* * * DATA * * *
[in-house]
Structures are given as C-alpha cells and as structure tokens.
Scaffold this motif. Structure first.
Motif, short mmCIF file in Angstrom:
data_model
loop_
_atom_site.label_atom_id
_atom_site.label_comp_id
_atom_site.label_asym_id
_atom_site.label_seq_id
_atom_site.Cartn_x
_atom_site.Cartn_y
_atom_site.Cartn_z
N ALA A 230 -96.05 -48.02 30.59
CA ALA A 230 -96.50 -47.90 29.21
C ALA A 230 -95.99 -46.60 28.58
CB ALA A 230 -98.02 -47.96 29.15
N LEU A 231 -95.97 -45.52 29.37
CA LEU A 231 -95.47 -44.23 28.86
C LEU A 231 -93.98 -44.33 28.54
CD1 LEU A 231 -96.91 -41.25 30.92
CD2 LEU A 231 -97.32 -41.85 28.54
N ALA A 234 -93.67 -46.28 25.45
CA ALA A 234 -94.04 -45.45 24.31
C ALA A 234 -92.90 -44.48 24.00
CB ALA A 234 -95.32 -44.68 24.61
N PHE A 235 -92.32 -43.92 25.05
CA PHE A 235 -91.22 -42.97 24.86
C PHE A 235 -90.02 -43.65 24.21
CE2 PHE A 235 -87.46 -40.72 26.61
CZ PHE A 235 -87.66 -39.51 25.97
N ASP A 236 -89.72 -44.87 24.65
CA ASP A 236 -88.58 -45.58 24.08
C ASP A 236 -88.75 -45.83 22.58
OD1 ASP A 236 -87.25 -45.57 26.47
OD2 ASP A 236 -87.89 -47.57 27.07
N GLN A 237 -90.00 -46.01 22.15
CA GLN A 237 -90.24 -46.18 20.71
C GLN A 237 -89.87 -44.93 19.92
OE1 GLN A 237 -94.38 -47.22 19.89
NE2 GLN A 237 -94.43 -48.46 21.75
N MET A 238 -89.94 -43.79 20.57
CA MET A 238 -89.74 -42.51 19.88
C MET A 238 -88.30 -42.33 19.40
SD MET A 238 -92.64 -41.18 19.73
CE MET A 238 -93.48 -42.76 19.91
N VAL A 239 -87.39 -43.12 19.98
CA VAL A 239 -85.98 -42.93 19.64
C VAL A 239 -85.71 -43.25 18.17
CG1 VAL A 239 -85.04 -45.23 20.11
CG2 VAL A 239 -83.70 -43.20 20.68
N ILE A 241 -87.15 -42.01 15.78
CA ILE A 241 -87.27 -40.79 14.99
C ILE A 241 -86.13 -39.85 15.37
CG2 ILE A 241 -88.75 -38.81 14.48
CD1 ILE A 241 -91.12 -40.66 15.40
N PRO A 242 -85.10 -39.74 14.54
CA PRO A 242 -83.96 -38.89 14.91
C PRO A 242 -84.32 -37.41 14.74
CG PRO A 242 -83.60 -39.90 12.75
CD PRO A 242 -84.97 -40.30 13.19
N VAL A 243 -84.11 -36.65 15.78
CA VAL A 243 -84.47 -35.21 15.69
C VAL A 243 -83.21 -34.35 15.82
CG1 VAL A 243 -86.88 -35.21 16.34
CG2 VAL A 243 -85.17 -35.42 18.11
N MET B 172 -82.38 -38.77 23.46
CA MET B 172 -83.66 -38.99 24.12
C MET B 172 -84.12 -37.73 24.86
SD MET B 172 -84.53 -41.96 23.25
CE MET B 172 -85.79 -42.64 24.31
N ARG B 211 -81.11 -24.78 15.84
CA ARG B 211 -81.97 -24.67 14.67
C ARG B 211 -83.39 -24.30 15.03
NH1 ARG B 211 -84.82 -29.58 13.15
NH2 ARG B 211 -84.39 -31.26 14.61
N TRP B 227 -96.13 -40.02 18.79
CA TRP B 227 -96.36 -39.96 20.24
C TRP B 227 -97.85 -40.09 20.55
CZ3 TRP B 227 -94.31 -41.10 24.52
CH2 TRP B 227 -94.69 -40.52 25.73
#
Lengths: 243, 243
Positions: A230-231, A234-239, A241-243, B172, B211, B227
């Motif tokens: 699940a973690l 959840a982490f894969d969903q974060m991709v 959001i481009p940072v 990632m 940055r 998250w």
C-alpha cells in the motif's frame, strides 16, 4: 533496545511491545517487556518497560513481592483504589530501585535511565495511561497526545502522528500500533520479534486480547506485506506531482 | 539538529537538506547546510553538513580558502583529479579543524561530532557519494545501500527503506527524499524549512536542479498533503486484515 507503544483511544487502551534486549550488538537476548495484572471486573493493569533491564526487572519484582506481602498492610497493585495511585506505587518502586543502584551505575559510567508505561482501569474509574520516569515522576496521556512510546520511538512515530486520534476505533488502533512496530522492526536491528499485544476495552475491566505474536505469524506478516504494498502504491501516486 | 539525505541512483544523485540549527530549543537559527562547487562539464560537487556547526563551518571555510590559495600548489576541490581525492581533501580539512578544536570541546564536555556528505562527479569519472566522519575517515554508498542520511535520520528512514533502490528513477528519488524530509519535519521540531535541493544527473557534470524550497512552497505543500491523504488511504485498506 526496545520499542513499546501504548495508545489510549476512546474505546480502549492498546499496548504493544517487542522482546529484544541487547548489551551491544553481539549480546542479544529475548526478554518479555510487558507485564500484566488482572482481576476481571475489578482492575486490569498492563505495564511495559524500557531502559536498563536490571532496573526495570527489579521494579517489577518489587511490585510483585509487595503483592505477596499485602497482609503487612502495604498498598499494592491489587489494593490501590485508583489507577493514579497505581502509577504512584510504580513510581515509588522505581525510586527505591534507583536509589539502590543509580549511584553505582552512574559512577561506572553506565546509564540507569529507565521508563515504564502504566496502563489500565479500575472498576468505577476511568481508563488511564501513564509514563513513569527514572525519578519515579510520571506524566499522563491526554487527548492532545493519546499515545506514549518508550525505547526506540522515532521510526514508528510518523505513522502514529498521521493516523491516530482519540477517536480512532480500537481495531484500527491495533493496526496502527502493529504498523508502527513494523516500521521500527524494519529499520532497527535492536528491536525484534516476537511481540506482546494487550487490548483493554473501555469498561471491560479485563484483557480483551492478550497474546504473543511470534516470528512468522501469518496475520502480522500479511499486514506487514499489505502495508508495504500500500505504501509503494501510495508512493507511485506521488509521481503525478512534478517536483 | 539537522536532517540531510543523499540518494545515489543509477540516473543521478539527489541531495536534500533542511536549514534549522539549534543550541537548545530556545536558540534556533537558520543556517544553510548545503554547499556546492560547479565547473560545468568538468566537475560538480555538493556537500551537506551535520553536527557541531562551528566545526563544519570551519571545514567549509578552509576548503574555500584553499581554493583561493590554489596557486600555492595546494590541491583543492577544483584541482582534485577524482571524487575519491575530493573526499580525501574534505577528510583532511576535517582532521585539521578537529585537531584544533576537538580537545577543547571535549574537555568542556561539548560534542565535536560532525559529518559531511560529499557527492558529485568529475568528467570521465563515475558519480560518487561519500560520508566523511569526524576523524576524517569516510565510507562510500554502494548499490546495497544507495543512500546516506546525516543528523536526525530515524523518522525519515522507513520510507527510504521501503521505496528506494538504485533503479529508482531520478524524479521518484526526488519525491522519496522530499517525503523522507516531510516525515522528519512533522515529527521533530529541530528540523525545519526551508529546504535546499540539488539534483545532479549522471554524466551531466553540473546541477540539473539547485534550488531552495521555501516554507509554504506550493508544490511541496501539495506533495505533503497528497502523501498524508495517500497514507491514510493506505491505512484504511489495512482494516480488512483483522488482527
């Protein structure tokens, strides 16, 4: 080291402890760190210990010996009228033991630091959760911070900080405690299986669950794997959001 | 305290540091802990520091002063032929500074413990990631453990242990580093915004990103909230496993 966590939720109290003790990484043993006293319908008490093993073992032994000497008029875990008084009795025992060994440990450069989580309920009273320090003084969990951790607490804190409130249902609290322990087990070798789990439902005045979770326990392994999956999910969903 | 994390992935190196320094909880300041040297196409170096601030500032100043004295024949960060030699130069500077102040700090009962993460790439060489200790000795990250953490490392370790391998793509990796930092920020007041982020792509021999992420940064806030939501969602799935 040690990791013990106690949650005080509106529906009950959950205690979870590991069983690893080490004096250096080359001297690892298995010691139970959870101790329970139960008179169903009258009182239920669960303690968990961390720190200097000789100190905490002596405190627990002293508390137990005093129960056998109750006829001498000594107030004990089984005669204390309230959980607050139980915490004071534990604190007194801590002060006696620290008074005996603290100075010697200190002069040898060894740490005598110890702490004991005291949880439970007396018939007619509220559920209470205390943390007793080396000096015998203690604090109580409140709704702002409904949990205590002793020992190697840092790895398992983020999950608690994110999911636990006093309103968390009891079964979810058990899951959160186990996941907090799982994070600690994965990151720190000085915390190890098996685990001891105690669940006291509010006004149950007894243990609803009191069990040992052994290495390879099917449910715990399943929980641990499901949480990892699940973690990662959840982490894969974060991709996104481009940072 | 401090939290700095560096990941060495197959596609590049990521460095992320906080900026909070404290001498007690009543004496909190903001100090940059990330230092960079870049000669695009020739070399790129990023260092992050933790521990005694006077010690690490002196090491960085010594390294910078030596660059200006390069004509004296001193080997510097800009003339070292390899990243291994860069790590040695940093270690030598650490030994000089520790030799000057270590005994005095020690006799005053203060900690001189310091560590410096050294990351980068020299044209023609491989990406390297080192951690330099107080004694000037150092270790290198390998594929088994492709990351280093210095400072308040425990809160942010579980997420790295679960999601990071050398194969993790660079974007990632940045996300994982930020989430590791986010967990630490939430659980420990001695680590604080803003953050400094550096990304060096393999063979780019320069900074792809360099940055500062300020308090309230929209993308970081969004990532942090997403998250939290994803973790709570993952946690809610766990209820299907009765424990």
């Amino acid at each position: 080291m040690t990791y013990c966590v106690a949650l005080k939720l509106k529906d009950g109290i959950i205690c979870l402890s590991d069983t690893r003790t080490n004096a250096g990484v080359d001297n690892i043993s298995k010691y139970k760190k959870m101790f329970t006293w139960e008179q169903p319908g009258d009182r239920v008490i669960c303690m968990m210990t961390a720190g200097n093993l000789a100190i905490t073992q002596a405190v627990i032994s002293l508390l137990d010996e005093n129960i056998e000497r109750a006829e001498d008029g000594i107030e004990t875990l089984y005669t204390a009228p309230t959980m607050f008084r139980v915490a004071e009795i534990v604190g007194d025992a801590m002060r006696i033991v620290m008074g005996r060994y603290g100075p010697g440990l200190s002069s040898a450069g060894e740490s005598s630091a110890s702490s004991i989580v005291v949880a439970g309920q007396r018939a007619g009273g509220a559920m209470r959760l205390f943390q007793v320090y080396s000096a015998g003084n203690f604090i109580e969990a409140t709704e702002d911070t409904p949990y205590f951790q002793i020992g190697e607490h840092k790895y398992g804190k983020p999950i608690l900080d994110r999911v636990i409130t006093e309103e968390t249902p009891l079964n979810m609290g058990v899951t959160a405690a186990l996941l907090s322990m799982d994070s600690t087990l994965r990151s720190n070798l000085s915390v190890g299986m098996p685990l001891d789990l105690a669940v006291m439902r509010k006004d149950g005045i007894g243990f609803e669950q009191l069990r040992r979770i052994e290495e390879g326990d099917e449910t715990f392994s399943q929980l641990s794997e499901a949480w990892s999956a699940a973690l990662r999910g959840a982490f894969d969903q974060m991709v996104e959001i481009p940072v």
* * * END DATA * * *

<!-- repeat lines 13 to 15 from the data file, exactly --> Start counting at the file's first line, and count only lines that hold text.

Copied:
_atom_site.Cartn_z
N ALA A 230 -96.05 -48.02 30.59
CA ALA A 230 -96.50 -47.90 29.21